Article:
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Calcium (Ca2+) release-activated Ca2+ (CRAC) channels are a major route for Ca2+ entry in eukaryotic cells. These channels are store operated, opening when the endoplasmic reticulum (ER) is depleted of Ca2+, and are composed of the ER Ca2+ sensor protein STIM and the pore-forming plasma membrane subunit Orai. Recent years have heralded major strides in our understanding of the structure, gating, and function of the channels. Loss-of-function and gain-of-function mutants combined with RNAi knockdown strategies have revealed important roles for the channel in numerous human diseases, making the channel a clinically relevant target. Drugs targeting the channels generally lack specificity or exhibit poor efficacy in animal models. However, the landscape is changing, and CRAC channel blockers are now entering clinical trials. Here, we describe the key molecular and biological features of CRAC channels, consider various diseases associated with aberrant channel activity, and discuss targeting of the channels from a therapeutic perspective.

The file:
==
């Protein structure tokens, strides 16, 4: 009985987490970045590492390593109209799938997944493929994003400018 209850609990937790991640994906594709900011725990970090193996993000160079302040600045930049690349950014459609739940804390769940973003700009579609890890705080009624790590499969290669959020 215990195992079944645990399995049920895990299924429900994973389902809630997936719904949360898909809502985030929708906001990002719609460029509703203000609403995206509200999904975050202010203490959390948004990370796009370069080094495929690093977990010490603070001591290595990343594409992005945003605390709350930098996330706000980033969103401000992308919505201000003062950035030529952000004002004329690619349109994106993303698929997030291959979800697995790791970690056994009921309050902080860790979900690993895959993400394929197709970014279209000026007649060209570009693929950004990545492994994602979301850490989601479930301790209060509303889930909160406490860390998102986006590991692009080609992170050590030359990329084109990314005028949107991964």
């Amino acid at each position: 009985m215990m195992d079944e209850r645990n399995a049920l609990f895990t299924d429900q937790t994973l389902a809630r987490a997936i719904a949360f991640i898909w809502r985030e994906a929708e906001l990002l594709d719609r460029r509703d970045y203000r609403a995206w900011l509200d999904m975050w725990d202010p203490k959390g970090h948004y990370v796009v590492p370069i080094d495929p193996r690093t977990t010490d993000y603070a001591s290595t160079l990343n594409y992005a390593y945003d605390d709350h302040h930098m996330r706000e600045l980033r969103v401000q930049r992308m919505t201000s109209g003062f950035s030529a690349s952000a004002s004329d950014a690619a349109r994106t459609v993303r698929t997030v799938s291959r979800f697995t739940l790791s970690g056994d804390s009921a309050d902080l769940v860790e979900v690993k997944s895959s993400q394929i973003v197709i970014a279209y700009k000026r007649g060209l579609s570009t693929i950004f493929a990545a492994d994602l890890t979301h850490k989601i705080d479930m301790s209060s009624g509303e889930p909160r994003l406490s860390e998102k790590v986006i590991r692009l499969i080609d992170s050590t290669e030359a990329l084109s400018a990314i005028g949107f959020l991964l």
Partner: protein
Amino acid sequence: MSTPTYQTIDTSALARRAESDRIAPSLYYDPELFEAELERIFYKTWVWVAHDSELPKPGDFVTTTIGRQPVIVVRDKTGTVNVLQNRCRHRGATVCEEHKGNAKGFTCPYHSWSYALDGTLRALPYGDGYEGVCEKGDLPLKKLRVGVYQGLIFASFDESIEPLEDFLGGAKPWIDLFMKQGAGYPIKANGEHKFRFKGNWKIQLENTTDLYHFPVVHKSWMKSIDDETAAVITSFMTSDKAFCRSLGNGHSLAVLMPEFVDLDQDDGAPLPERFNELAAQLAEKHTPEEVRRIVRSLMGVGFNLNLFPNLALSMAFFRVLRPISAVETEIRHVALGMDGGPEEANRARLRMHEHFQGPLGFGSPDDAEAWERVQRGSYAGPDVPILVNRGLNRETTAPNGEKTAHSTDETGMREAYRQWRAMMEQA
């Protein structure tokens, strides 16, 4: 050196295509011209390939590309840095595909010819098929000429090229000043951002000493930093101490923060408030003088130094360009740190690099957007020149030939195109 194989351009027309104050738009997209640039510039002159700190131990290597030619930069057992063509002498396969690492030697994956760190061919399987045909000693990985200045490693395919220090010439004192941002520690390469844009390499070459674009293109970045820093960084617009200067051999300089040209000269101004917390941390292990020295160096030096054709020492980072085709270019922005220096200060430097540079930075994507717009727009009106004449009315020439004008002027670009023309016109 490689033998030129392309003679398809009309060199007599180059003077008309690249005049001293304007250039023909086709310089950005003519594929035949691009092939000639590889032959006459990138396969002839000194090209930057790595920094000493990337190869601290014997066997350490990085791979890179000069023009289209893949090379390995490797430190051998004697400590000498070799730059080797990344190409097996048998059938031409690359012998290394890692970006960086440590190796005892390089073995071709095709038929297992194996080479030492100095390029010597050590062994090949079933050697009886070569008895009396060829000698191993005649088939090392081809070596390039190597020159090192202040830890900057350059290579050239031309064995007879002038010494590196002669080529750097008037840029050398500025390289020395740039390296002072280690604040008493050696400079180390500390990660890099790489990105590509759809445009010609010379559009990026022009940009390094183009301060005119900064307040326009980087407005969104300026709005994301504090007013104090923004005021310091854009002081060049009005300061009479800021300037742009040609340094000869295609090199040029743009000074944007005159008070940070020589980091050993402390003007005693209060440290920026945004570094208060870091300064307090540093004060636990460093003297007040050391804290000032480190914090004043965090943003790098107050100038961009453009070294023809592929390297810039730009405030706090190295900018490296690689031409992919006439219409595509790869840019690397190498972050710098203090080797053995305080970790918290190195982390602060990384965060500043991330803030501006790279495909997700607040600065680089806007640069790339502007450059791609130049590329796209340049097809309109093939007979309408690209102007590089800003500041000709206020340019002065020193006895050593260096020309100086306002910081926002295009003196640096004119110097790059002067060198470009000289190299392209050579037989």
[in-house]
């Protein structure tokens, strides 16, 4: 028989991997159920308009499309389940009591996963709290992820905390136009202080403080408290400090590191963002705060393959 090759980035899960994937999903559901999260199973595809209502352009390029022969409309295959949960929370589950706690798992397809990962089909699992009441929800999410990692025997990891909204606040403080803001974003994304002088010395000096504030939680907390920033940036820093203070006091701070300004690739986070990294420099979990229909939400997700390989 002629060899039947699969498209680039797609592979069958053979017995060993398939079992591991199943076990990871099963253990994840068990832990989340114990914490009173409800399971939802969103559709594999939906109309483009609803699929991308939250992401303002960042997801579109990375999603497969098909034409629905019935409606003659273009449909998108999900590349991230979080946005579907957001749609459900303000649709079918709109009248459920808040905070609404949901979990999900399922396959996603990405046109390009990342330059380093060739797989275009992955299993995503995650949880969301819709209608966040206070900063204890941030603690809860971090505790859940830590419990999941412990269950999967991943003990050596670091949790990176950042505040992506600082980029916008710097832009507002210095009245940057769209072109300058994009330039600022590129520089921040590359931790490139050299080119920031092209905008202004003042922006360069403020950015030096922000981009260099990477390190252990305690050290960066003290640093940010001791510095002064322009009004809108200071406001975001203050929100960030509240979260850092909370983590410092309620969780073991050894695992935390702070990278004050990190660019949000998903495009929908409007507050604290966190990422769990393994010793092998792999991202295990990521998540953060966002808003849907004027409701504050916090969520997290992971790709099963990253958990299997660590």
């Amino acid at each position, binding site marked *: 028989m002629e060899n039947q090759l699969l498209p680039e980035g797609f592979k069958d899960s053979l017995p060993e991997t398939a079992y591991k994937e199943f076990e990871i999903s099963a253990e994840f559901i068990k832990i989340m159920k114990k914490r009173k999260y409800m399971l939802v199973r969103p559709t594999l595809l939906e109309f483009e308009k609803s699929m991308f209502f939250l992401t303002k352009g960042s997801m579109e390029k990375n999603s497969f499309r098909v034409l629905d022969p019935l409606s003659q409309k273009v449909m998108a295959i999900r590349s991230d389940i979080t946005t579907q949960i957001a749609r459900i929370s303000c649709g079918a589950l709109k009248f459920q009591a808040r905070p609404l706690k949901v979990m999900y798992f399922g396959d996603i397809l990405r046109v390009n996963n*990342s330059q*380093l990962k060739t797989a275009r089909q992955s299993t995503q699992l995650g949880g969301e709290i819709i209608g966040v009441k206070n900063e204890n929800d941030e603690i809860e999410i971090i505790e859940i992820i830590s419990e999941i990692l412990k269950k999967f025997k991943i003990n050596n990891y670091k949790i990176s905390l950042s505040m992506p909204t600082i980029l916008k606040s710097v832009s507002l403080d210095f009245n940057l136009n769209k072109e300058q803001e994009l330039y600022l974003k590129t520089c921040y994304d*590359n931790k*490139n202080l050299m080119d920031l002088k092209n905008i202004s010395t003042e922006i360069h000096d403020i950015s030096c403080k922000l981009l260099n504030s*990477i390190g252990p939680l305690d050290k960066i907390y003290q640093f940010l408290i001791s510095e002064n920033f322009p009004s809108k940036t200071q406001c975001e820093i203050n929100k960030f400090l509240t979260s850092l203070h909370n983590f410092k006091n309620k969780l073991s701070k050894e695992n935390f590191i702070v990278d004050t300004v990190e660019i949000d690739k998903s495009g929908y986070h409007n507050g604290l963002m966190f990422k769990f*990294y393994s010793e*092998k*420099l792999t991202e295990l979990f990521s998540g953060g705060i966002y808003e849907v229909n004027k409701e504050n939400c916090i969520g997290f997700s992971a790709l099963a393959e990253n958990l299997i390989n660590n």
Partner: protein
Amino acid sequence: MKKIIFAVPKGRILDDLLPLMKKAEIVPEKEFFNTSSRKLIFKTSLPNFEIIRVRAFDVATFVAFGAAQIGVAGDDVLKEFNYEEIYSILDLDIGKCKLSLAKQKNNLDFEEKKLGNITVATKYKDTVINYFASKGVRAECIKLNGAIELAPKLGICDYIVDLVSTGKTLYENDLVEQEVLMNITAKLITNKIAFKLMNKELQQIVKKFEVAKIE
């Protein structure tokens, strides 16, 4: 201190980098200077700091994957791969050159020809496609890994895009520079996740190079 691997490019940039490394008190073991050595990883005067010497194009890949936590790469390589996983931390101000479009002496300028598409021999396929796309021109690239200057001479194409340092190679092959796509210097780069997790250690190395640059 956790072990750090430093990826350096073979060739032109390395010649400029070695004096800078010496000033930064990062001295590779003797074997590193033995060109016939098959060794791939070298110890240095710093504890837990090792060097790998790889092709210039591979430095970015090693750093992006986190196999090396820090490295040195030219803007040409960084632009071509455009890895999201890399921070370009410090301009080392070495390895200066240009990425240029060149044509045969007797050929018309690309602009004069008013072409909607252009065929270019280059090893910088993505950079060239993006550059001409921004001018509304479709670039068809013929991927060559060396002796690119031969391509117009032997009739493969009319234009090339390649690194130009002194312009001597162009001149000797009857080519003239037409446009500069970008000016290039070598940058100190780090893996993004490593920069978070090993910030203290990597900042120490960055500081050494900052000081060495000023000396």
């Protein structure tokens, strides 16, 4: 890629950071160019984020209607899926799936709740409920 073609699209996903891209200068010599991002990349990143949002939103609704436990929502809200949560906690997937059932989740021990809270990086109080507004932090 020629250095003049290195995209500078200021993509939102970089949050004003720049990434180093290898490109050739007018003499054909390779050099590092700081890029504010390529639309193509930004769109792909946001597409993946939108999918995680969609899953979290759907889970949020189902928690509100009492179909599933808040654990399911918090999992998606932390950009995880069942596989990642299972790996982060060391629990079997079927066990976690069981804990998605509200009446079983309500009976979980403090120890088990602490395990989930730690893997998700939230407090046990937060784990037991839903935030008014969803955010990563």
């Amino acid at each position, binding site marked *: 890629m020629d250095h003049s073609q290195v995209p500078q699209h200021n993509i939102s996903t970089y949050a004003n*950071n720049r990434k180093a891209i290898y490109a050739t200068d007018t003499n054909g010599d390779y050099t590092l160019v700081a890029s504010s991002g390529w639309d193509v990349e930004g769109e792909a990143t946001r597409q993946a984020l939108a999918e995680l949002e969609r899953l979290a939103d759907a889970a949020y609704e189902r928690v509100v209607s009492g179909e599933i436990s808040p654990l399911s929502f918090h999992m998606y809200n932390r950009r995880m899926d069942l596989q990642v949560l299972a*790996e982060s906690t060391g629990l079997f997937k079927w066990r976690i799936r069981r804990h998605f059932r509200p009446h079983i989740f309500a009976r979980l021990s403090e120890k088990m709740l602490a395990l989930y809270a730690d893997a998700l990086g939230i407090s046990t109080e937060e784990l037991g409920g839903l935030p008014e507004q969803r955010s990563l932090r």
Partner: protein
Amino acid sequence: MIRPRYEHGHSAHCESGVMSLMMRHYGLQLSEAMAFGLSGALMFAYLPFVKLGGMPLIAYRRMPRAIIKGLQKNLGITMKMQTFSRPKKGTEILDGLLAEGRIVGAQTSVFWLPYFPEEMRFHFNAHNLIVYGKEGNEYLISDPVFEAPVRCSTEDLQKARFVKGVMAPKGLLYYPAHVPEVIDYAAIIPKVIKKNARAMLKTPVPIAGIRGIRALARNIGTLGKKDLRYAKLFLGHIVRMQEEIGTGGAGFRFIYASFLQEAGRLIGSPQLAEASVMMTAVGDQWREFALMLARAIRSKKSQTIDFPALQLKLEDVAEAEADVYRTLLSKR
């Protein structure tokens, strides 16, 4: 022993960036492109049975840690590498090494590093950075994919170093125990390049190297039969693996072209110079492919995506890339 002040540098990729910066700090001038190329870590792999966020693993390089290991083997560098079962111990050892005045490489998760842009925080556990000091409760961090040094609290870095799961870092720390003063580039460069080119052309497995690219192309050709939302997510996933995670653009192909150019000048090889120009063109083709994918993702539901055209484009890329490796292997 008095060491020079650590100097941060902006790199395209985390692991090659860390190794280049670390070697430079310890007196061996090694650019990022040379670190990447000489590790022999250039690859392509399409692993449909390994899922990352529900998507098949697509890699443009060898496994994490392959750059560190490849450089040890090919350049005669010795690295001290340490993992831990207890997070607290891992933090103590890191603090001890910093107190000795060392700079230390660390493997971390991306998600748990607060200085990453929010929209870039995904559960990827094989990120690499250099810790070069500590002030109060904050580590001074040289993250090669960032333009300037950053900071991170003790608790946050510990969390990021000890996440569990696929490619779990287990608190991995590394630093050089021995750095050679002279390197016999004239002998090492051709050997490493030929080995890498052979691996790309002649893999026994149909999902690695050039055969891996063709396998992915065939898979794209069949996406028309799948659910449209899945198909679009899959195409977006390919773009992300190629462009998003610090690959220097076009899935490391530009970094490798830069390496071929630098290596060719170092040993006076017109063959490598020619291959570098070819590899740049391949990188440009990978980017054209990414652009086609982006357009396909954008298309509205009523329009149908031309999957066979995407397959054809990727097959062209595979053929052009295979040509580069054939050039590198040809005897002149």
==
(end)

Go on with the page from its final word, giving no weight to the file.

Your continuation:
Original publication




Journal article


Annu Rev Pharmacol Toxicol

Publication Date





629 - 654


Orai, STIM, calcium channel, calcium signaling, store operated